“The fact that Tucker is making this sort of argument is a breakthrough,” Mike Peinovich, a white nationalist podcast host and a defendant in the suit who was ultimately dropped from the case, wrote on social media. “I will give him credit for going where no TV host has gone before.”
In October, David Duke, a former leader of the Knights of the Ku Klux Klan and one of the country’s most notorious white supremacists, also embraced Mr. Carlson for having finally espoused the false conspiracy that a plot was afoot to “wipe out the white people” in America and Europe.
According to Mr. Greenblatt, the normalization of replacement theory began almost immediately after the violence in Charlottesville when President Donald J. Trump made a moral equivalency between the far-right ralliers who marched at the event and the large crowds of counterdemonstrators who showed up to protest them. During his years in office, Mr. Trump repeatedly stoked white grievances by focusing on issues like his border wall or on N.F.L. players who knelt during the national anthem, encouraging the notion that white people in America were under attack, Mr. Greenblatt said.
Violent extremists espoused a similar message.
Twice during Mr. Trump’s presidency, domestic terrorists committed assaults that were later found to be directly linked to replacement theory. In October 2018, an avowed antisemite shot and killed 11 people in a Pittsburgh synagogue after posting online about a Jewish-run refugee organization, which he accused of working to “bring invaders in that kill our people.” One year later, a young man armed with a high-powered rifle killed 23 people at a Walmart in El Paso after writing a screed in which he worried that white people would be replaced by people of color.
Experts on political violence have said they are concerned that as replacement theory continues gaining purchase on the right, an increased number of ordinary people will also feel threatened and accept the use of threats and menace. Polling already indicates that 30 percent of Republicans believe that “true patriots” may have to resort to violence to “save” the country.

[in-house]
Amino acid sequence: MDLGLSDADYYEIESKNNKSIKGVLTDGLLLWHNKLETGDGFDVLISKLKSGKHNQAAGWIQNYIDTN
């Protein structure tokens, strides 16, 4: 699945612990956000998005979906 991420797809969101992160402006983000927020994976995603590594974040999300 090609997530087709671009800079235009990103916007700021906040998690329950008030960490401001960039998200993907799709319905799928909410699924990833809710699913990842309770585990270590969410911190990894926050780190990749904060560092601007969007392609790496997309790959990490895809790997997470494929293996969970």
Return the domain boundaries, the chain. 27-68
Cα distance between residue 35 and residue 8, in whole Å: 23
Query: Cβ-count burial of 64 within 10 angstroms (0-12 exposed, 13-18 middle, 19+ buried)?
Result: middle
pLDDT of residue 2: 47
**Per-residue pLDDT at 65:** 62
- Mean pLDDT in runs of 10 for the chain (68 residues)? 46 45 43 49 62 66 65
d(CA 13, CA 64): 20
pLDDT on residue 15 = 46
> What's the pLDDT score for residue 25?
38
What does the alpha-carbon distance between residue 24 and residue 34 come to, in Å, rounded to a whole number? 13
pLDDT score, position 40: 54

Indeed, in recent months, as Republican officials have pursued an agenda of combating what they have described as critical race theory in schools, there has been a disturbing spike in threats against school board officials. Ordinary people have also been involved in sending hundreds of intimidating messages to election officials in at least a dozen states.
Perhaps the best example of political violence going mainstream was the Jan. 6 attack on the Capitol. Though members of extremist groups played a role in the assault, the rioters who acted most violently that day — those, for instance, who fought with the police — were, in large part, also the most ordinary. They were church deacons, substitute teachers, military veterans and State Department aides.
“Jan. 6 was the inevitable manifestation of this ideology,” Ms. Spitalnick said. “What is ‘Stop the Steal’ if not the idea that the country was stolen from the people it supposedly ‘belonged to’ and that there was a conspiracy to effectively replace a largely white, Christian country.”
Robert Pape, a professor at the University of Chicago who tracks political violence, said a version of replacement theory had found broad acceptance among people who believed Mr. Trump’s lies about the 2020 election. According to a recent study Mr. Pape conducted, almost 25 percent of American adults agreed that “African American people or Hispanic people in our country will eventually have more rights than whites.” That number increased substantially — to more than 60 percent — among those who also agreed that violence was justified in attempts to restore Mr. Trump to the White House.
Mr. Pape said he was worried that the more an idea like replacement theory gained acceptance in the culture, the more it would encourage future violence — not only lone-wolf attacks like those in Pittsburgh and El Paso, but also collective, political assaults like Jan. 6. If people believe they are under attack, he said, they are simply more likely to condone aggression in others or to take up arms themselves.
He compared the situation to the conditions encouraging a wildfire.
“We know that the dry forest areas are getting larger,” he said. “The problem is, we can’t always predict the lightning strikes that will ignite them.”